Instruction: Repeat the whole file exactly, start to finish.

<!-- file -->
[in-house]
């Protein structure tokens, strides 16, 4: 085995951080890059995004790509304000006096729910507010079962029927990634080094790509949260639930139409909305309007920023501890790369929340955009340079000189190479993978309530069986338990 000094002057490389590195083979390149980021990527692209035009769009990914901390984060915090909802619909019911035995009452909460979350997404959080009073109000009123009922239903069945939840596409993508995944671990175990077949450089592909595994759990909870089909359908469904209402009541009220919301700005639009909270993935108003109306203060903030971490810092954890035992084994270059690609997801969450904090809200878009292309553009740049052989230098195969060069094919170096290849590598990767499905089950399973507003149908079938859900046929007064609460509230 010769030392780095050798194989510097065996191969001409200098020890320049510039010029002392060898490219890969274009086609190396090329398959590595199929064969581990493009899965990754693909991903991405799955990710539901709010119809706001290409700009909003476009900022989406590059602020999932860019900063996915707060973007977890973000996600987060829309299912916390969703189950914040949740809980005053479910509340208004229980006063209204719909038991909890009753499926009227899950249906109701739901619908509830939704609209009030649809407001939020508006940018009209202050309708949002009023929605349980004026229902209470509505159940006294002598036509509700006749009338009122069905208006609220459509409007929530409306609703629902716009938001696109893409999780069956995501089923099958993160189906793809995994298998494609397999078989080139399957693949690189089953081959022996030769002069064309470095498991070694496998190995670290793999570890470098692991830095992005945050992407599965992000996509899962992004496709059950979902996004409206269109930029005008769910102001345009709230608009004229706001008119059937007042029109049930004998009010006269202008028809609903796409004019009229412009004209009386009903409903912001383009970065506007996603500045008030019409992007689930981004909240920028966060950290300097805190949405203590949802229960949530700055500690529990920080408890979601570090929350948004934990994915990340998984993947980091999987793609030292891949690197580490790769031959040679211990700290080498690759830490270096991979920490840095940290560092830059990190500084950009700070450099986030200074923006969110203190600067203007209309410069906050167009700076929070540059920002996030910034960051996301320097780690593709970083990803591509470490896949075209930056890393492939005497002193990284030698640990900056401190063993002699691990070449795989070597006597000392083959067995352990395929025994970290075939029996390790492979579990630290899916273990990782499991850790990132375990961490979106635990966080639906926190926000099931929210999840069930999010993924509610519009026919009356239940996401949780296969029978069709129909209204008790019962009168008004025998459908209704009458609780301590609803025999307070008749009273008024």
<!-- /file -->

[in-house]
């Protein structure tokens, strides 16, 4: 085995951080890059995004790509304000006096729910507010079962029927990634080094790509949260639930139409909305309007920023501890790369929340955009340079000189190479993978309530069986338990 000094002057490389590195083979390149980021990527692209035009769009990914901390984060915090909802619909019911035995009452909460979350997404959080009073109000009123009922239903069945939840596409993508995944671990175990077949450089592909595994759990909870089909359908469904209402009541009220919301700005639009909270993935108003109306203060903030971490810092954890035992084994270059690609997801969450904090809200878009292309553009740049052989230098195969060069094919170096290849590598990767499905089950399973507003149908079938859900046929007064609460509230 010769030392780095050798194989510097065996191969001409200098020890320049510039010029002392060898490219890969274009086609190396090329398959590595199929064969581990493009899965990754693909991903991405799955990710539901709010119809706001290409700009909003476009900022989406590059602020999932860019900063996915707060973007977890973000996600987060829309299912916390969703189950914040949740809980005053479910509340208004229980006063209204719909038991909890009753499926009227899950249906109701739901619908509830939704609209009030649809407001939020508006940018009209202050309708949002009023929605349980004026229902209470509505159940006294002598036509509700006749009338009122069905208006609220459509409007929530409306609703629902716009938001696109893409999780069956995501089923099958993160189906793809995994298998494609397999078989080139399957693949690189089953081959022996030769002069064309470095498991070694496998190995670290793999570890470098692991830095992005945050992407599965992000996509899962992004496709059950979902996004409206269109930029005008769910102001345009709230608009004229706001008119059937007042029109049930004998009010006269202008028809609903796409004019009229412009004209009386009903409903912001383009970065506007996603500045008030019409992007689930981004909240920028966060950290300097805190949405203590949802229960949530700055500690529990920080408890979601570090929350948004934990994915990340998984993947980091999987793609030292891949690197580490790769031959040679211990700290080498690759830490270096991979920490840095940290560092830059990190500084950009700070450099986030200074923006969110203190600067203007209309410069906050167009700076929070540059920002996030910034960051996301320097780690593709970083990803591509470490896949075209930056890393492939005497002193990284030698640990900056401190063993002699691990070449795989070597006597000392083959067995352990395929025994970290075939029996390790492979579990630290899916273990990782499991850790990132375990961490979106635990966080639906926190926000099931929210999840069930999010993924509610519009026919009356239940996401949780296969029978069709129909209204008790019962009168008004025998459908209704009458609780301590609803025999307070008749009273008024």